Festuca of North America

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S. G. Aiken, M. J. Dallwitz, C. L. McJannet, and L. L. Consaul

Festuca filiformis Pourr.

Nomenclature

HAIR FESCUE, FINE LEAVED SHEEP FESCUE.

Mém. Acad. Roy. Sci. Toulouse 3: 319 (6, no. 493). 1788. Type: France: Aude, Narbonne, la Clape, Pourret s.n.

F. capillata Lam. Fl. Fr. 3: 597. 1778. nom. illeg. (Voss 1972). F. ovina var. capillata (Lam.) Alef., Landw. Fl.: 354. 1866.

F. tenuifolia Sibth., Fl. Oxon.: 44. 1794. F. ovina var. tenuifolia (Sibth.) Roem. & Schult., Syst. Veg. 2: 714. 1817.

Habit. Plants bluish gray green or deep green, 18–40(–55) cm high, densely tufted, tiller bases stiffly erect, bases purplish, horizontal rooting stems absent. Vegetative shoots arising from within existing sheaths.

Vegetative morphology. Sheaths glabrous or glabrescent, conspicuous at the base of the plant, persisting for more than 1 year, remaining entire, not conspicuously splitting between the veins, open more than half their length. Collars glabrous. Auricles represented by distinct, erect, swellings. Auricular cilia absent. Ligules 0.15–0.3 mm long, ciliate. Leaf blades (5–)11–23(–30) cm long, erect, stiffish (wiry and conspicuously fine). Adaxial blade surfaces with trichomes, abaxial blade surfaces with trichomes (scabrous at least towards the tip). Leaf blades plicate; 0.2–0.31–0.4(–0.6) mm wide, 0.3–0.47–0.6 mm deep. Veins 3–7. Adaxial to abaxial sclerenchyma strands absent. Abaxial sclerenchyma well developed, in broad bands or continuous (forming a complete, usually narrow ring). Ribs 1 (well defined). Uppermost culm leaf sheaths not inflated. Flag leaf blades 0.5–5 cm long. Culm nodes becoming exposed, 1; internodes scabrous-hirsute (usually strongly scabrous to puberulent).

Floral morphology. Inflorescence 1–4(–8) cm long. Inflorescence branches at the lowest node 2, appressed after anthesis, 0.5–1.5(–2) cm long. Rachis angular in cross section, trichomes over the entire surface. Spikelets 2–6 on the longest branches; 3–6(–6.5) mm long, 1.5–2.5 mm wide. Proliferating spikelets absent (among North American records; they have been observed on plants growing in Europe, Markgraf-Dannenberg, 1980). Florets 2–6. Glumes unequal, glabrous or with trichomes, margins ciliate. First glume 1–2.5 mm long, veins 1. Second glume shorter than the first lemma, 1.7–2.3(–3.9) mm long, veins 3. Rachilla internodes antrorsely scabrous. Lemma callus not elongated. Lemma 2.3–4(–4.4) mm long, nerveless in dorsal view or sometimes with only the centre vein distinct, with trichomes, trichomes on the upper portion only; apex entire (very short) or apically cleft. Lemma awn 0–0.4 mm long. Palea 2.3–3.7(–4) mm long, distinctly pubescent between the keels (at the apex only). Lodicules with marginal teeth, glabrous, 0.4–0.6 mm long. Anthers 1.5–2.2 mm long. Ovary apex glabrous. Caryopsis 1.5–2 mm long.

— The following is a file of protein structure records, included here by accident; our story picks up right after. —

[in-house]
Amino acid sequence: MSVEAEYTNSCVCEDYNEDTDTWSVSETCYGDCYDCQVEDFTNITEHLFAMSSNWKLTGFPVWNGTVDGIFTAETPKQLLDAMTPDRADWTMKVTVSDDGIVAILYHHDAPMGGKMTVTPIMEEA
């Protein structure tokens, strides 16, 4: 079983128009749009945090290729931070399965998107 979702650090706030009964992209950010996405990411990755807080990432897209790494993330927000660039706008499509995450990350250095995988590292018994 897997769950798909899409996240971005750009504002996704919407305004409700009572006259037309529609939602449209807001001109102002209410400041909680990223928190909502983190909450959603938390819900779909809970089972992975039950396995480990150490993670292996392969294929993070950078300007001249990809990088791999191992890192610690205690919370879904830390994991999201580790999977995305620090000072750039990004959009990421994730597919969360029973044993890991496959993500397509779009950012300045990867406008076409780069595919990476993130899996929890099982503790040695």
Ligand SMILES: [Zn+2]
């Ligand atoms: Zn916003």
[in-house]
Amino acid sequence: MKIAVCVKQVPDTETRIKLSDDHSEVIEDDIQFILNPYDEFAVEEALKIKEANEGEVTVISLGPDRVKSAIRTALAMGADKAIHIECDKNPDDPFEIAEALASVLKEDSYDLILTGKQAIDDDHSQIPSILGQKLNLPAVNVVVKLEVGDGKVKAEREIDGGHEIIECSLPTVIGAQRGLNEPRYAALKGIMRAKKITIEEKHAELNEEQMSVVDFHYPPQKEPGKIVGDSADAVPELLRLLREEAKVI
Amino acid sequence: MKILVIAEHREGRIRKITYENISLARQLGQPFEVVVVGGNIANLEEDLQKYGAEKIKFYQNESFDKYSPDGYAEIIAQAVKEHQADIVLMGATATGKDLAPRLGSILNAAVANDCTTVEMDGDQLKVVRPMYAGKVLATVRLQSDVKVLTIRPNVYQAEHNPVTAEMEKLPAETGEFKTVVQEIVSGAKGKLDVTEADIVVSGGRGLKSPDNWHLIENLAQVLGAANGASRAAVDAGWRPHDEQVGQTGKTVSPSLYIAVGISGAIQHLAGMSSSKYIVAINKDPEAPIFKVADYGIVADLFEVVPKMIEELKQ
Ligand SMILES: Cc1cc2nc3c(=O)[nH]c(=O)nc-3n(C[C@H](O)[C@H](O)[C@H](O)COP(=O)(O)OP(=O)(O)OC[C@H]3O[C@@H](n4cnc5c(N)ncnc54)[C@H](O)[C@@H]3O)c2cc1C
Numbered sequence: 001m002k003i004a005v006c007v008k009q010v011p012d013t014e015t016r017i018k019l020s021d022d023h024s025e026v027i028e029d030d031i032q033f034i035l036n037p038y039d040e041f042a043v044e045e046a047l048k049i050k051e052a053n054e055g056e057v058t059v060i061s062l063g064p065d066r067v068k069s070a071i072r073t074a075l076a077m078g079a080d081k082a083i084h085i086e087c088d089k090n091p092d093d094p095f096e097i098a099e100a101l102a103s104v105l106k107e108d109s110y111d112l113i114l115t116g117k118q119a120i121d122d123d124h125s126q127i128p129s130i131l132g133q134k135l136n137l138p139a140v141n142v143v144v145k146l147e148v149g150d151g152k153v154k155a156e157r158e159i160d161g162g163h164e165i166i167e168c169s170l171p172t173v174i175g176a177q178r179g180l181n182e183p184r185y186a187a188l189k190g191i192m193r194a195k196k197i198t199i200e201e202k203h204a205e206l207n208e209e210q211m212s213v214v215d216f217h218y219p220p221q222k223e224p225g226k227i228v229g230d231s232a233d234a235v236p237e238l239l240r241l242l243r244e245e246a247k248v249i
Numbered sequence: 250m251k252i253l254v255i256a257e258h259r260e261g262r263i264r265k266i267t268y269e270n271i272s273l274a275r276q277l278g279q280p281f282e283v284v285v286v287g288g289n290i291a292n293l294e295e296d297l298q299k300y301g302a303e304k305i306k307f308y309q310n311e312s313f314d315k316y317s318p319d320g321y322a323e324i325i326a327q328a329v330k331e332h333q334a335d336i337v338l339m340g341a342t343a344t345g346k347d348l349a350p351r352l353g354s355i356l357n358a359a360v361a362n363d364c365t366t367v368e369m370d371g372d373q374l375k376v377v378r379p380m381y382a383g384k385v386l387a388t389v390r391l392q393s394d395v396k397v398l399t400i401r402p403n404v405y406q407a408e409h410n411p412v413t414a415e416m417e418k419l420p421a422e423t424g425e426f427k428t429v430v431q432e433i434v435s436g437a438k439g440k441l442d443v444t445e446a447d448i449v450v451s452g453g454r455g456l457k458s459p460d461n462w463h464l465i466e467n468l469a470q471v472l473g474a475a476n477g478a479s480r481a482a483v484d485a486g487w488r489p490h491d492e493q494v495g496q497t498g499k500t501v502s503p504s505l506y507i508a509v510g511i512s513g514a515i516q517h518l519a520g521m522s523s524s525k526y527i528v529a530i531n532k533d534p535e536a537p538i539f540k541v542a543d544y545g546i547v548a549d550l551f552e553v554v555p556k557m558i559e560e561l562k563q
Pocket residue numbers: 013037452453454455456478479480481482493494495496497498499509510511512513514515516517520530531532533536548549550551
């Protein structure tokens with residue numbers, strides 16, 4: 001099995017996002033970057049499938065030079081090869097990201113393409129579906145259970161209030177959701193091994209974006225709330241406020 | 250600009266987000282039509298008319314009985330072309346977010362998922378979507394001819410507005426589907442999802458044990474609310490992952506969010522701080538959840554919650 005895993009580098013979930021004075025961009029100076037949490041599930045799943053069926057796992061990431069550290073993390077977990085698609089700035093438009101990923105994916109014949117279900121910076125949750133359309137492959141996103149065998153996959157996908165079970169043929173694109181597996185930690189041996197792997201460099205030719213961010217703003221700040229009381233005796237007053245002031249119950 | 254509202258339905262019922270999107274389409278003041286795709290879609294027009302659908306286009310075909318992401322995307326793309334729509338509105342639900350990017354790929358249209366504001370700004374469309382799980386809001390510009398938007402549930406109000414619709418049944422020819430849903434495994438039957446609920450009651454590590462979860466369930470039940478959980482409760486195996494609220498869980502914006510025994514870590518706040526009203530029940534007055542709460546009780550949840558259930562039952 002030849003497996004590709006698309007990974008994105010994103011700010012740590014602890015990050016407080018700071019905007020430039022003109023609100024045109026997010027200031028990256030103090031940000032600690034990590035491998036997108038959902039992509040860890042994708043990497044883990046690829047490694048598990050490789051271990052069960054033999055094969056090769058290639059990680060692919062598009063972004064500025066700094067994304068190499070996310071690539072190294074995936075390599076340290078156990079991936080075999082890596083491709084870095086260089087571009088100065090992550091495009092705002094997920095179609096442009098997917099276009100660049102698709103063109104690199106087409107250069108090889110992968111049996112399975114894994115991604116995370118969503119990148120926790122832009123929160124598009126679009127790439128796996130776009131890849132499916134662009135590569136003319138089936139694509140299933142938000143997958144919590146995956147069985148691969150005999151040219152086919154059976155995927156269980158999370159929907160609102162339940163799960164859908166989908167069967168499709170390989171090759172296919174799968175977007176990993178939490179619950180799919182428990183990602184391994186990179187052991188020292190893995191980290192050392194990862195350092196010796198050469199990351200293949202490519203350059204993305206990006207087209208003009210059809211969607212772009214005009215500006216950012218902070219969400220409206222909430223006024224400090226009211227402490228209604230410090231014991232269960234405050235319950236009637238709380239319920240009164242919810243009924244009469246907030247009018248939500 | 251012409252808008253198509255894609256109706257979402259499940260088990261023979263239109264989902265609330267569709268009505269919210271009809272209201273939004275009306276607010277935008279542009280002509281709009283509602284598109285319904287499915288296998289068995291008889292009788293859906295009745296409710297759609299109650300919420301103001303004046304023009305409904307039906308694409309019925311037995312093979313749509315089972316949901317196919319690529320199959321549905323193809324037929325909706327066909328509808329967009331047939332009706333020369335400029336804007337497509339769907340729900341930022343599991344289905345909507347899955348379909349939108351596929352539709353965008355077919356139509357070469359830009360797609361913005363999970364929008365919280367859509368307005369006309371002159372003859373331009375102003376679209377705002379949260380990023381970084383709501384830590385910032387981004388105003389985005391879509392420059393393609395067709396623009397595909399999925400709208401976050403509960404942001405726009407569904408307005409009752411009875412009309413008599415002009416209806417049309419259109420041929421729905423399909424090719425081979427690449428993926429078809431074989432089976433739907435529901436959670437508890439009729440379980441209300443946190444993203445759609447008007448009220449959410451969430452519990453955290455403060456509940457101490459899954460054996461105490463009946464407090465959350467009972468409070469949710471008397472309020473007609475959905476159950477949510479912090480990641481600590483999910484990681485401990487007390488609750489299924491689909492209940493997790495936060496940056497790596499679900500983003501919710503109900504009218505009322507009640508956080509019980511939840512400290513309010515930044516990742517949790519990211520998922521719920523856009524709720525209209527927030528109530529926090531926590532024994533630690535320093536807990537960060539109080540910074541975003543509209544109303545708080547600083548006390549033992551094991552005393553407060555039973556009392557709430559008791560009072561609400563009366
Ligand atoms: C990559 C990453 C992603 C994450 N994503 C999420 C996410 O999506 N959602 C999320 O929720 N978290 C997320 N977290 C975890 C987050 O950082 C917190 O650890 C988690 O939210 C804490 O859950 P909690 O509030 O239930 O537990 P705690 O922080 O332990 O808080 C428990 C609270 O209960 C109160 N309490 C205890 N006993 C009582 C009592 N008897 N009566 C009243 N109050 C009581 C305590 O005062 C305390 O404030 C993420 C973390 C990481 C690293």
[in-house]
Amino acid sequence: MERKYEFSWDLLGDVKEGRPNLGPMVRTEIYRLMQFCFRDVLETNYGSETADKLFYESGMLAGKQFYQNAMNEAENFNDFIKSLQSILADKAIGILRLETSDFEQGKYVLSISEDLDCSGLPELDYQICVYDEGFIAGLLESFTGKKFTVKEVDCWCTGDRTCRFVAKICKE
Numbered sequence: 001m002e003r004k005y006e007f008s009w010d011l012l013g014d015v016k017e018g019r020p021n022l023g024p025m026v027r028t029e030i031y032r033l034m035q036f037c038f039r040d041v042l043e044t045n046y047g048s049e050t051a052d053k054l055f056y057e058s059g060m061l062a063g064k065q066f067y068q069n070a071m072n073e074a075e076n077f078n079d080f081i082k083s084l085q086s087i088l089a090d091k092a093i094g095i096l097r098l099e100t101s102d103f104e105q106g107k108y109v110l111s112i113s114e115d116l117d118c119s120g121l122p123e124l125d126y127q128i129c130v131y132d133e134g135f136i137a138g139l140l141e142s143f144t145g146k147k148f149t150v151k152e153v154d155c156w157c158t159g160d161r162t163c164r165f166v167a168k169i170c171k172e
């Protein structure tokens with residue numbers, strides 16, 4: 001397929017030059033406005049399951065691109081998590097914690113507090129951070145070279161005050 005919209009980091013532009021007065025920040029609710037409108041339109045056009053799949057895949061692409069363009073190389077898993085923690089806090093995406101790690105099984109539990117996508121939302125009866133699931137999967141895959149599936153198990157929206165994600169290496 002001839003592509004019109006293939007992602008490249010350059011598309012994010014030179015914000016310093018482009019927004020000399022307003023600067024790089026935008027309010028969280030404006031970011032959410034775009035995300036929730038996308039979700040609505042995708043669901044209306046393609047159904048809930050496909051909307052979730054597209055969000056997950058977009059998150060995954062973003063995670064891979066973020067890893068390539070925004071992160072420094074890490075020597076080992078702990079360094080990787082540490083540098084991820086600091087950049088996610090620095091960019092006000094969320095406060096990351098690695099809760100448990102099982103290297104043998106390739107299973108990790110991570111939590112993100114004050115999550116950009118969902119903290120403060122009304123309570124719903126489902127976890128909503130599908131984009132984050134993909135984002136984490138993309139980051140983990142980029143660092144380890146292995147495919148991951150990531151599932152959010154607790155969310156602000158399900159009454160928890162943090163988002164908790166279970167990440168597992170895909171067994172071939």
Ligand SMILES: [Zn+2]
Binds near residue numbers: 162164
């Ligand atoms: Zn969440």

Cytology. 2n = 14, 28.

Habitat and Distribution. Introduced (to a limited extent); naturalized and grown experimentally, but not extensively. Canada: Nfld., NS, P.E.I., NB, Que., Ont., B.C.; Northwestern USA: Oreg. (?), Wash.; Rocky Mountains USA: Mont.; North Central USA: Ill. (?), Minn. (?), Wis.; Northeastern USA: Conn., Ind., Mass., Maine, Mich., N.H., N.J. (?), N.Y. (?), Ohio (?), Pa., R.I. (?), Vt. (?); Southeastern USA: Md., Miss, N.C., S.C. (?), Tenn. (?), Va.

Classification. Subg. Festuca L.

Notes

Festuca filiformis is a European introduction in North America, which is sometimes sold under the name "ovina" or "sheep fescue". The occurrence of the species in Eastern Canada was discussed in Aiken and Darbyshire (1990). It was observed to be planted extensively beside roads in Nova Scotia (Aiken and Consaul, observations 1992). Occasional herbarium specimens indicate that F. filiformis has been introduced to Western North America, but the extent is not known. Festuca filiformis and F. trachyphylla (Hack.) Krajina are available in "blue" glaucous forms sold under the trade name "glauca". Festuca plants labelled "glauca" in ornamental gardens may be either species, but in western North America they are more usually F. trachyphylla.

Illustrations

• Plants growing along roadside. Photograph of F. filiformis plants growing along the roadside in Nova Scotia. • Colour forms. Plants of F. filiformis growing under the name F. ovina glauca in the Plantations Gardens, Cornell University, Ithaca, New York. The name "glauca" refers to the waxy blue colour of the leaves. In Eastern North America, ornamental plants of F. ovina glauca are often F. filiformis; in Western North America, they are more likely blue colour forms of F. trachyphylla. • Line drawing. An illustration of F. filiformis from Scribner (1901) as F. ovina, SHEEP'S FESCUE. The notes accompanying the plate confirm the identification of this drawing as illustrating F. filiformis. • Leaf anatomy. Leaf cross section of F. filiformis. Leaf blades are 0.2–0.31–0.4(-0.6) mm wide and 0.3–0.47–0.6 mm deep, with 3–7 veins. Adaxial to abaxial sclerenchyma strands are absent. Abaxial sclerenchyma strands are well developed, in broad bands or continuous, forming a complete, usually narrow ring. There is one rib, that is well defined.


The interactive key provides access to the character list, illustrations, full and partial descriptions, diagnostic descriptions, differences and similarities between taxa, lists of taxa exhibiting specified attributes, and summaries of attributes within groups of taxa.

Cite this publication as: ‘Aiken, S.G., Dallwitz, M.J., McJannet, C.L. and Consaul, L.L. 1996 onwards. Festuca of North America: descriptions, illustrations, identification, and information retrieval. Version: 19th October 2005. http://delta-intkey.com’. Aiken, Dallwitz, McJannet, and Consaul (1997) should also be cited (see References).

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